Being restless, I continued to read more of The Possibility of Absolute Architecture. I read the Boullče chapter and stated the Ungers/OMA chapter (five). Ten pages into chapter five you encounter material on the Havellandshaft, which is how Ungers ends "Architecture of the Collective Memory," yet Aureli nowhere mentions the "collective memory" aspect of the Havellandshaft (nor does Aureli footnote reference "Architecture of the Collective Memory--The infinite catalogue of urban forms" in Lotus International 24).
I now feel inspired to write a book entitled The Reality of Convenient Memory Architecture, theory even.
"Architecture of the Collective Memory" begins with these passages:
In his book Invisible Cities Italo Calvino invented an imaginary conversation between the Venetian traveler Marco Polo and the great emperor of a distant country. "At this point Kublai Khan interrupted him or imagined interrupting him, or Marco Polo imagined himself interrupted, with a question such as: 'You advance always with your head turned back?' or 'Is what you see always behind you?' or rather 'Does your journey take place only in the past?'"
All this so that Marco Polo could explain or imagine explaining or succeed finally in explaining to himself that what he sought was always something lying ahead, and even if it was a matter of the past it was a past that changed gradually as he advanced on his journey, because the traveler's past changes according to the route he has followed: not the immediate past, that is, to which each day that goes by adds a day, but the more remote past. Arriving at each new city, the traveler finds again a past of his that he did not know he had: the foreigness of what you no longer are or no longer possess lies in wait for you in foreign unpossessed places.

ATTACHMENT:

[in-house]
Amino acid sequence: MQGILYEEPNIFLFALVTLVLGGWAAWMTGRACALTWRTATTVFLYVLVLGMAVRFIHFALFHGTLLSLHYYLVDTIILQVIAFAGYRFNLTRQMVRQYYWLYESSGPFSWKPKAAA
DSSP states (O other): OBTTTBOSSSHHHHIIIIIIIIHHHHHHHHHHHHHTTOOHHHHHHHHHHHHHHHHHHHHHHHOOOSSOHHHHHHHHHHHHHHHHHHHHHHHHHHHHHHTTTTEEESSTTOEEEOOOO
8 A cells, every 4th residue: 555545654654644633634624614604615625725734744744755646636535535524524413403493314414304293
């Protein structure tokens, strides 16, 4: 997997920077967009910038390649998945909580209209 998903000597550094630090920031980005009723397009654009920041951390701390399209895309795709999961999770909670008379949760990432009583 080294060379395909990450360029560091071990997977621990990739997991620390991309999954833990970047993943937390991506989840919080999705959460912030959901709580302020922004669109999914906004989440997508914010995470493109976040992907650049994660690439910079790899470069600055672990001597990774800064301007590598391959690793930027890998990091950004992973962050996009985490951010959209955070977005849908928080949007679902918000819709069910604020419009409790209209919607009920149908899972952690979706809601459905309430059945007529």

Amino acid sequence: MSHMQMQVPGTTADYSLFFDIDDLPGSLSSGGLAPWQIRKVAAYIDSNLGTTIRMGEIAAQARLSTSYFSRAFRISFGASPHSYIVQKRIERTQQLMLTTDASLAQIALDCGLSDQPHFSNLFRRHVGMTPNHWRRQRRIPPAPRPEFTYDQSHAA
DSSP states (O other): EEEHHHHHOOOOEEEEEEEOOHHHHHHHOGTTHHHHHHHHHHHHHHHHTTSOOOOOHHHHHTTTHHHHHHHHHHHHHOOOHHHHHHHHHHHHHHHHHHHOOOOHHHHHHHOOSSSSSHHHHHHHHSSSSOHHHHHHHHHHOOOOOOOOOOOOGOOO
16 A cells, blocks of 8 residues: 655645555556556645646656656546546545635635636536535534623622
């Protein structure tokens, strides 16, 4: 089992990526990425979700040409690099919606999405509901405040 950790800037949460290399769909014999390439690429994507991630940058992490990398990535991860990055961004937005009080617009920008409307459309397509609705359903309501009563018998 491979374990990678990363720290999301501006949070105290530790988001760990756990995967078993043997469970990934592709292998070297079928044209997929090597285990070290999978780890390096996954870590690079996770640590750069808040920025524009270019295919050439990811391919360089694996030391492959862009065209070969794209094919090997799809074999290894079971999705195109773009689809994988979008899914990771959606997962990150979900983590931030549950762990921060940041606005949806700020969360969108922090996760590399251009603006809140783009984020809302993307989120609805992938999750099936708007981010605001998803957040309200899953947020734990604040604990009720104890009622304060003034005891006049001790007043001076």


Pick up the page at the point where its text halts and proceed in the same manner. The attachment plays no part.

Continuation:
Again from Stern's "Notes on Post-Modernism"...
By post-modern, I believe Eisenman really meant anti-Modern Movement; moreover, I think he hoped it might also be against the Western humanist tradition. But as I hope to demonstrate, and as I see it, the term postmodern really describes a condition that comes after and is in reaction to the Modern Movement, and attempts to effect a synthesis between it and other strains of the Western humanist tradition.
If you look at the architecture that subsequently became the foundation of Post-Modern Architecture, you indeed do see a synthesis between the Modern Movement and other (older and/or concurrent) strains of the Western humanist tradition.
Conversely, Junkspace is not a synthesis, but rather a by-product, an undesigned residue paradoxically emanating from our ever-expanding (overly?) designed built environment. Junkspace is there although no one specifically designed it, yet it might not be there so much if designers weren't so intent on designing everything[?].
fashion statements 2001-2012, what's next?
Stephen Lauf, Fashion Statement 002, 2001.06.20
Stephen Lauf, Fashion Statement 005, 2001.06.20
Stephen Lauf, Fashion Statement 008, 2006.02.25
OMA, G Star RAW vs. OMA, 2012
If OMA/AMO is looking for some inspiration in 2014 or 2015, then may I suggest something I did in 2004.